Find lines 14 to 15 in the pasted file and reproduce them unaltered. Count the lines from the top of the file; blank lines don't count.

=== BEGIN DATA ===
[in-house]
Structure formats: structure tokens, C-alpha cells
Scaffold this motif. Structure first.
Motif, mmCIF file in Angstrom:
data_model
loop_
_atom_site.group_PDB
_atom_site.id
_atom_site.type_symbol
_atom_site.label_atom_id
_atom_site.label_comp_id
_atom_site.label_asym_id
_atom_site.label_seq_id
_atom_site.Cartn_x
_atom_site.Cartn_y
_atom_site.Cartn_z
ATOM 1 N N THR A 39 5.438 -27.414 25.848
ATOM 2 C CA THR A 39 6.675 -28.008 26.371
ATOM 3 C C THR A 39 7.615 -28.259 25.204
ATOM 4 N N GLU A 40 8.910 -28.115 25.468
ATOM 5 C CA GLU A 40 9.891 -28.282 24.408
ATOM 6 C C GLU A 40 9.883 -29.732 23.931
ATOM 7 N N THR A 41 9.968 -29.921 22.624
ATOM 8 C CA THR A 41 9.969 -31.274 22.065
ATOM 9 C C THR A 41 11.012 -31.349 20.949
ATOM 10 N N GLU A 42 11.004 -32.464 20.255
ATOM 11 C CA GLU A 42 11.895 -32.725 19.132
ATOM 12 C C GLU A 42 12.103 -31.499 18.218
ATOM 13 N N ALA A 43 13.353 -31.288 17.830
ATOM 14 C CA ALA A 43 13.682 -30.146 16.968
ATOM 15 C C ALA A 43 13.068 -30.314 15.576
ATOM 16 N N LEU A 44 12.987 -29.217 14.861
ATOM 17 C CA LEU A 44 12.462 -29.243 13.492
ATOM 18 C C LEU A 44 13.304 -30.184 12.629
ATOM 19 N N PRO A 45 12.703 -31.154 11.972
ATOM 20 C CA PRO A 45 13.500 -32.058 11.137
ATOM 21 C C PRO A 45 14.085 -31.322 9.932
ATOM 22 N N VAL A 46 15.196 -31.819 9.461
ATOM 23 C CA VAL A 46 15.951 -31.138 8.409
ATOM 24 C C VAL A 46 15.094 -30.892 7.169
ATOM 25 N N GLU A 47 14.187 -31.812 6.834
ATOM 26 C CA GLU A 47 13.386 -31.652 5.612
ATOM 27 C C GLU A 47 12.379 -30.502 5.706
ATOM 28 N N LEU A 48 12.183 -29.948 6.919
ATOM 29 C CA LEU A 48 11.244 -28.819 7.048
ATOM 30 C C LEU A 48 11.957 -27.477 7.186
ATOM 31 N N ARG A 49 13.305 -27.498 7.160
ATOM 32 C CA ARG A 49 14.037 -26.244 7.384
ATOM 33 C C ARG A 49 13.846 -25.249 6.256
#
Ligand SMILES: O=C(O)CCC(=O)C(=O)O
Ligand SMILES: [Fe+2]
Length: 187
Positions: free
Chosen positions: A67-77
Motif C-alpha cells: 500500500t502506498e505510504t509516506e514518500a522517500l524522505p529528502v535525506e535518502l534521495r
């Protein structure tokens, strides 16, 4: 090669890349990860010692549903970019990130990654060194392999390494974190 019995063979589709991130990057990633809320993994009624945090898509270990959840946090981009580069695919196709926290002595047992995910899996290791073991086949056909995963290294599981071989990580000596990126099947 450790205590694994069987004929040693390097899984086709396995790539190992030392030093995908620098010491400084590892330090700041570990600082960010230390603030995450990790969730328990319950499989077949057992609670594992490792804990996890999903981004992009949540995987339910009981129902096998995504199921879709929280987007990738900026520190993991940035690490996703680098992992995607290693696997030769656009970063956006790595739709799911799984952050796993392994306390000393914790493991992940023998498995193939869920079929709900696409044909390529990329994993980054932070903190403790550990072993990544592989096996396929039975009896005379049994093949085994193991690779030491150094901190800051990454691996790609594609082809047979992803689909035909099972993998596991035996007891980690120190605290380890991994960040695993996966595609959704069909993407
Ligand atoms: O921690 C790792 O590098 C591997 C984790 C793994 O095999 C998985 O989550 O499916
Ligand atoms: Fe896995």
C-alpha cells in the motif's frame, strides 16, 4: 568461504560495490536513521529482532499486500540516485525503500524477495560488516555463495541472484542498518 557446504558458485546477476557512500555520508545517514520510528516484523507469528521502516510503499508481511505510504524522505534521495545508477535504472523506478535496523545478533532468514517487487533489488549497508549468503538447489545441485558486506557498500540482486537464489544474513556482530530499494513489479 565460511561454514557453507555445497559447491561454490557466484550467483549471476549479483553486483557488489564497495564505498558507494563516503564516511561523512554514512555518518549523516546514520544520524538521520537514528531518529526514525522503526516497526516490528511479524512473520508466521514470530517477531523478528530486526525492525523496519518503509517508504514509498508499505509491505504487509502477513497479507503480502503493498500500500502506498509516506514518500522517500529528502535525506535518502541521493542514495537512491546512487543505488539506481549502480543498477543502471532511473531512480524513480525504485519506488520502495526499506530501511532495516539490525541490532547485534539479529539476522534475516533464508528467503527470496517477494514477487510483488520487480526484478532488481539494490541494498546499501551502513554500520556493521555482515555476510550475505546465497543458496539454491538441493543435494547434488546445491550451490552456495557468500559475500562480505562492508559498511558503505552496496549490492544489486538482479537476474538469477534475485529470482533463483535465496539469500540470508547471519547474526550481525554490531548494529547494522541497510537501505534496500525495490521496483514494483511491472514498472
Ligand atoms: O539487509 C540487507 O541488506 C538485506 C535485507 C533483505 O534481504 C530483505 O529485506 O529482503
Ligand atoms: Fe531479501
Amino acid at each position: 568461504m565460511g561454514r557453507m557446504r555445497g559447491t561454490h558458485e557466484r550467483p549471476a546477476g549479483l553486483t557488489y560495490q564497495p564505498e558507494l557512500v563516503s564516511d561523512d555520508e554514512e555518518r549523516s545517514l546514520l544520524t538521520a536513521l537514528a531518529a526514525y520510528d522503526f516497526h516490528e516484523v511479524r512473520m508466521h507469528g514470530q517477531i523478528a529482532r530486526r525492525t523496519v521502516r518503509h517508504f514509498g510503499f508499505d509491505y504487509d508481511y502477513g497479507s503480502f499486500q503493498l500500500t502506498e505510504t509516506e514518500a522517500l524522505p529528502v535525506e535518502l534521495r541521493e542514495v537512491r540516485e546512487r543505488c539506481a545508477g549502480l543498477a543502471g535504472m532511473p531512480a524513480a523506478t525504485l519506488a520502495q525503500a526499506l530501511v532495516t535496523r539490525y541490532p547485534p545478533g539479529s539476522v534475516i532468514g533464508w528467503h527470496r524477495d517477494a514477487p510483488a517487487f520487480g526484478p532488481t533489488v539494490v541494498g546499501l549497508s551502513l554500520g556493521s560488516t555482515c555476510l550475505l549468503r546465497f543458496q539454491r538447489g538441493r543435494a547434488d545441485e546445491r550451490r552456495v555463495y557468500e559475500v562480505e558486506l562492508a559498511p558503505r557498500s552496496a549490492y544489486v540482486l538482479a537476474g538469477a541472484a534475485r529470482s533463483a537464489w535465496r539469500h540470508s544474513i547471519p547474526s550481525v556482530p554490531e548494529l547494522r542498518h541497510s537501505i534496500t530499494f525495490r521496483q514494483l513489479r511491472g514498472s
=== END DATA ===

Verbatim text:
_atom_site.Cartn_x
_atom_site.Cartn_y